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06/17/2007 09:54 AM ID: 63082 Permalink   

Scientists to Grind Perfect Pair of Balls


Over a period of twelve weeks, Australian scientists will grind a pair of the world's most perfect balls, to serve as the world's new global standard kilogram.

The current standard, a bar of platinum and iridium locked in a French vault since 1889, has been slowly deteriorating, and needs replacing. The new balls will be made from a crystal of silicon-28 grown over 3 years by Russian and German scientists.

Each ball will not only be perfect in measurements and weigh exactly one kilogram, but because the silicon is stable and perfect on a molecular level, the kilogram standard will be based not on the object but on the mass of individual atoms.

    WebReporter: awhompbamboom Show Calling Card      
ASSESS this news: BLOCK this news. Reason:
  I can see the future of this thing  
At last, a method of accurately weighing a kilo of cocaine. How did the world survive without this?
  by: White Albino   06/17/2007 10:33 AM     
  It's an accurately defined weight and measure.  
It's got to be better than a system thats based on how long the end of the kings thumb is.
  by: CrisW   06/17/2007 03:33 PM     
  I could use them!  
Damn! Wrong context.
  by: old man   06/17/2007 04:43 PM     
The King's thumb?
Oh. I was thinking of something slightly larger.
  by: White Albino   06/17/2007 07:19 PM     
  i dont understand...  
i didn't realize that a "standard kilogram" was a ball. what does the perfect roundness of the ball have to do with the accuracy of the weight? why can't it be a square? why not a completely asymmetrical object that weighs exactly 1kg? why spend 3 years growing a perfect ball anyway? i assume this was done with tax money?
  by: maverick7h     06/17/2007 09:09 PM     
a sphere is more perfect then a square or something like that. Maybe something to do with sacred geometry and weight....

"The spheres will be a step along the perfect kilogram road, with the project's ultimate aim to re-define the kilogram in terms of numbers of atoms, rather than an object open to damage from earthquake or environmental changes."
  by: Vhan     06/18/2007 12:31 AM     
  Oh and...  
the standard was a "a bar of platinum and iridium." Now it will be a ball. They spent 3 years to grow the crystal because they know a lot about the silicon-28. I don't know if they used tax money to pay for this, but if they did then only the Australians have to worry about this.
  by: Vhan     06/18/2007 12:35 AM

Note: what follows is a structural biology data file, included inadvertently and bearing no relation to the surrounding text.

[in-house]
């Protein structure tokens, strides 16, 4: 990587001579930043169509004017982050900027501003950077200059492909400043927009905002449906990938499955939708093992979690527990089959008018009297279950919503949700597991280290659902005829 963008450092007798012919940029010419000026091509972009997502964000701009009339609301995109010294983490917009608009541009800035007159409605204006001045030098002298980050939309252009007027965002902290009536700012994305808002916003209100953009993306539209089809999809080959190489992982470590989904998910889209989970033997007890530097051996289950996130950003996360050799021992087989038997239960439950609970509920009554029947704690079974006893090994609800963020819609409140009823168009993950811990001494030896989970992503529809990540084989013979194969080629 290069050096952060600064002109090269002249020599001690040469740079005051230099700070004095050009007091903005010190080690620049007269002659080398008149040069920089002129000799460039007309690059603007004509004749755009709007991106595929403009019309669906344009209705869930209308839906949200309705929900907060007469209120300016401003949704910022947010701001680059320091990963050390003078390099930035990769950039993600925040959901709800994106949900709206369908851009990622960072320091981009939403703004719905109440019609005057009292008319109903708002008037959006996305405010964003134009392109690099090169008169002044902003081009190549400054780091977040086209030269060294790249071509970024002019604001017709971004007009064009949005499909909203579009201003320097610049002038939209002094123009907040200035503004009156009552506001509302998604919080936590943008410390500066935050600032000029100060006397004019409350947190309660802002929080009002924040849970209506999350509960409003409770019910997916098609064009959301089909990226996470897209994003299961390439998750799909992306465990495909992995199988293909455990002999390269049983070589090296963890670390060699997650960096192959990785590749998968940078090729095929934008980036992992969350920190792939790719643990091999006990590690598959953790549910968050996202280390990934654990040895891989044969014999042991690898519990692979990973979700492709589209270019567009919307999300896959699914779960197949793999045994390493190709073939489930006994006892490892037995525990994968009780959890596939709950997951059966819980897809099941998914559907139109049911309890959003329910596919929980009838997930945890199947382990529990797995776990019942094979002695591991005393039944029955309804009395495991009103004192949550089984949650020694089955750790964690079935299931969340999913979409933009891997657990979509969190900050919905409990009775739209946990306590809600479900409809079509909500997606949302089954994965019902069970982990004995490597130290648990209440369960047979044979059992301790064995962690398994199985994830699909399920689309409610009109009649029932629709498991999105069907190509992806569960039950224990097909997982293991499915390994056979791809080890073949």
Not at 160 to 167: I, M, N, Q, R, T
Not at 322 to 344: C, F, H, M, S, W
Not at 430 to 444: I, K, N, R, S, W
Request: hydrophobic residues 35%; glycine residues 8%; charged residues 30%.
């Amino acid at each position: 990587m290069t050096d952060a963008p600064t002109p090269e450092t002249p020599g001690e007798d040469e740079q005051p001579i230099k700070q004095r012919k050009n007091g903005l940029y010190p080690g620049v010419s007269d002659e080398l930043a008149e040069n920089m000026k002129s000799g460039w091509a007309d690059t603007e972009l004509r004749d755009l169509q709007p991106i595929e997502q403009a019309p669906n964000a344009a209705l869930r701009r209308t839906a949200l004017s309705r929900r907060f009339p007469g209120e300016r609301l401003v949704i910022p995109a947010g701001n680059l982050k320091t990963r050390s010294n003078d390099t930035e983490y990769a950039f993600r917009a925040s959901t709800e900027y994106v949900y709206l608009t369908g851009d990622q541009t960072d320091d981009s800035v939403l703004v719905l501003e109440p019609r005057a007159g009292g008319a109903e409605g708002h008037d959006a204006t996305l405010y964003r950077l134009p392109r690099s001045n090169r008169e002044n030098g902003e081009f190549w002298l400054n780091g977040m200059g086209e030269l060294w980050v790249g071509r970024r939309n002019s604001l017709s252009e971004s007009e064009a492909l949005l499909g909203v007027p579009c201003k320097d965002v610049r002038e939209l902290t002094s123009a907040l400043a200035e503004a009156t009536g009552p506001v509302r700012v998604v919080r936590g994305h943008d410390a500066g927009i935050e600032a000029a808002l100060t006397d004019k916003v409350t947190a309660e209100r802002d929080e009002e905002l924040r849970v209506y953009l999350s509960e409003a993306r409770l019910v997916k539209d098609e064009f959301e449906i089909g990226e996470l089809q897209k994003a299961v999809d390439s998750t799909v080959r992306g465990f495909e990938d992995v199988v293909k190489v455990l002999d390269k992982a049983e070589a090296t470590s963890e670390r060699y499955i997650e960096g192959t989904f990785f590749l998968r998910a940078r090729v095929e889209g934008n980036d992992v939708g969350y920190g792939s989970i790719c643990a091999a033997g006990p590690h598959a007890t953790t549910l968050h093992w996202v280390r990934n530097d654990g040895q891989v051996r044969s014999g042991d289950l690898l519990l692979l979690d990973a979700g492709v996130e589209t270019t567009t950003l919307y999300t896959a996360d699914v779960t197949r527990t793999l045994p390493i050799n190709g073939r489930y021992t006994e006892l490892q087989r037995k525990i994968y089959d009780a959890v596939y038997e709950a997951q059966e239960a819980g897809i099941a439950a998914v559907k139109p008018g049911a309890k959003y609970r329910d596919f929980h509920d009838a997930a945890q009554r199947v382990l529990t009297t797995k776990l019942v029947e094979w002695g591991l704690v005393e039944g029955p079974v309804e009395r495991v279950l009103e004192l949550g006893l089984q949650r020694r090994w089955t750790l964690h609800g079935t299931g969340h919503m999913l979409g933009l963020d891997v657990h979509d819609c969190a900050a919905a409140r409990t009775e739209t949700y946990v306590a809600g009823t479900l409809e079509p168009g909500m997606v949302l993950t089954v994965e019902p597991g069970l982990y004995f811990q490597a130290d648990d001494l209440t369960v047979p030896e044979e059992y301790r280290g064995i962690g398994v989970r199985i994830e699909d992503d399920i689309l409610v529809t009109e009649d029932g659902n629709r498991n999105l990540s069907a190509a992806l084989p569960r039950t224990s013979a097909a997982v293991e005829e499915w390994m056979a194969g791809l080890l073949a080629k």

I just listen to any politician  
with an axe to grind and I've got a ton of bullsh*t. Why bother with small weights?
  by: White Albino   06/18/2007 12:36 AM     
A sphere would weigh the same on all sides.
  by: Nollog   06/18/2007 12:52 AM     
So would a box, or any other amorphous blob.

Do you think you weigh less when you're lying down?
  by: GNoBB   06/18/2007 02:44 AM     
  Every timepiece, rule, and measure  
is a calibrated from a set of standards maintained in strict conditions. It might not seem much to you, but when you're working with technologies that have a precious requirement of 1/100th of a gram, it becomes highly significant and important that all your devices and measuring instruments are correctly calibrated to that standard.
  by: lauriesman     06/18/2007 05:13 AM     
  Isn't the standard for time  
derived from the oscillation rate of a Cecium atom?
  by: White Albino   06/18/2007 10:24 AM     
  @Old Man  
I’ve met a lot of guys that thought theirs were ‘perfect’ and they all ran dry after 3-4 rounds. That’s far from ‘perfect’. At one kilo each that will be a hell of a set. If they let you sport them we’ll need to talk.
  by: Valkyrie123     06/18/2007 04:59 PM     
Thanks for the offer, but sad to say it looks like it's not to be. But only three or four? Maybe I am not as far gone as I first surmised. Thanks again for the enlightenment!
  by: old man   06/18/2007 05:43 PM     
All together now!-
I've got a loverly bunch of coconuts!
  by: cavador   06/19/2007 11:23 AM     
  I believe they have spheres  
because the sphere takes up less space for the same amount of mass?

Of course I could be talking completely out of my mass right now ;)
  by: zephan     06/20/2007 07:58 AM     
  The metric idea  
I thought was based on the idea that a 10cmx10cm cube of water would weigh one kilogram, and one ml of water weighs one gram?

Did I make that up, or misread something?
  by: Tek   06/20/2007 10:58 AM     
Its distilled water, but no, you are correct.
  by: Gogevandire   06/20/2007 11:25 AM     
  WOW! A kilo and a new outlook.  
It's a CRYSTAL ball. Will it tell the future as well?
  by: illEagle   06/25/2007 05:42 PM     
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